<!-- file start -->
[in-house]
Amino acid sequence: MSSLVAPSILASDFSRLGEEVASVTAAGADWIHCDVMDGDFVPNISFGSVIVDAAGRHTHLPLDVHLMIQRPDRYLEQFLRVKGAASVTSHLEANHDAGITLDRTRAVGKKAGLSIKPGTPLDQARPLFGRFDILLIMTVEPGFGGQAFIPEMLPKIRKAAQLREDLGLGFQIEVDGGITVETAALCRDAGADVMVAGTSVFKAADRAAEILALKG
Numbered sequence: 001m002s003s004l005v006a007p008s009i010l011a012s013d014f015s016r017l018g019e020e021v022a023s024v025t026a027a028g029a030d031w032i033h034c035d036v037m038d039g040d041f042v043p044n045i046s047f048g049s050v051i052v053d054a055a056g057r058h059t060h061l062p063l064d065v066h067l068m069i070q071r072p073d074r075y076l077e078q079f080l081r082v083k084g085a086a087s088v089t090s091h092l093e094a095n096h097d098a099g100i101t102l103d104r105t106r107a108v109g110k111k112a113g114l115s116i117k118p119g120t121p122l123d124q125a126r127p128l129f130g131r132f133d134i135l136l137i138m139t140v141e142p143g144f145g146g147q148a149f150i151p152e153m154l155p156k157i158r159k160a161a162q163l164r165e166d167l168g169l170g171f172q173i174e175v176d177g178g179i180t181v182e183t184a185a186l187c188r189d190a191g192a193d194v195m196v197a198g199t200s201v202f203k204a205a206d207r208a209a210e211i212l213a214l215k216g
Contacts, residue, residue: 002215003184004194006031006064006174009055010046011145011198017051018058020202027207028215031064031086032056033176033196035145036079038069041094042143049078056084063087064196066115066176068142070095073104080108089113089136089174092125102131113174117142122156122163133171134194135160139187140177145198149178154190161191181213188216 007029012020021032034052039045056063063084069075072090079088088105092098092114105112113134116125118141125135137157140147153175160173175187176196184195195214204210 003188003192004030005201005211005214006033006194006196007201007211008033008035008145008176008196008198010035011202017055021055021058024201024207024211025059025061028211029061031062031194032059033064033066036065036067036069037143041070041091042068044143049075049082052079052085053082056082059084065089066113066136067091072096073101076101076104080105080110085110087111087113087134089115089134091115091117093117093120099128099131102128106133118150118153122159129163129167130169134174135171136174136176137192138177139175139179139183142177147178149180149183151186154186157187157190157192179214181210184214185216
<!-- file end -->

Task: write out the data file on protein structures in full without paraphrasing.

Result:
[in-house]
Amino acid sequence: MSSLVAPSILASDFSRLGEEVASVTAAGADWIHCDVMDGDFVPNISFGSVIVDAAGRHTHLPLDVHLMIQRPDRYLEQFLRVKGAASVTSHLEANHDAGITLDRTRAVGKKAGLSIKPGTPLDQARPLFGRFDILLIMTVEPGFGGQAFIPEMLPKIRKAAQLREDLGLGFQIEVDGGITVETAALCRDAGADVMVAGTSVFKAADRAAEILALKG
Numbered sequence: 001m002s003s004l005v006a007p008s009i010l011a012s013d014f015s016r017l018g019e020e021v022a023s024v025t026a027a028g029a030d031w032i033h034c035d036v037m038d039g040d041f042v043p044n045i046s047f048g049s050v051i052v053d054a055a056g057r058h059t060h061l062p063l064d065v066h067l068m069i070q071r072p073d074r075y076l077e078q079f080l081r082v083k084g085a086a087s088v089t090s091h092l093e094a095n096h097d098a099g100i101t102l103d104r105t106r107a108v109g110k111k112a113g114l115s116i117k118p119g120t121p122l123d124q125a126r127p128l129f130g131r132f133d134i135l136l137i138m139t140v141e142p143g144f145g146g147q148a149f150i151p152e153m154l155p156k157i158r159k160a161a162q163l164r165e166d167l168g169l170g171f172q173i174e175v176d177g178g179i180t181v182e183t184a185a186l187c188r189d190a191g192a193d194v195m196v197a198g199t200s201v202f203k204a205a206d207r208a209a210e211i212l213a214l215k216g
Contacts, residue, residue: 002215003184004194006031006064006174009055010046011145011198017051018058020202027207028215031064031086032056033176033196035145036079038069041094042143049078056084063087064196066115066176068142070095073104080108089113089136089174092125102131113174117142122156122163133171134194135160139187140177145198149178154190161191181213188216 007029012020021032034052039045056063063084069075072090079088088105092098092114105112113134116125118141125135137157140147153175160173175187176196184195195214204210 003188003192004030005201005211005214006033006194006196007201007211008033008035008145008176008196008198010035011202017055021055021058024201024207024211025059025061028211029061031062031194032059033064033066036065036067036069037143041070041091042068044143049075049082052079052085053082056082059084065089066113066136067091072096073101076101076104080105080110085110087111087113087134089115089134091115091117093117093120099128099131102128106133118150118153122159129163129167130169134174135171136174136176137192138177139175139179139183142177147178149180149183151186154186157187157190157192179214181210184214185216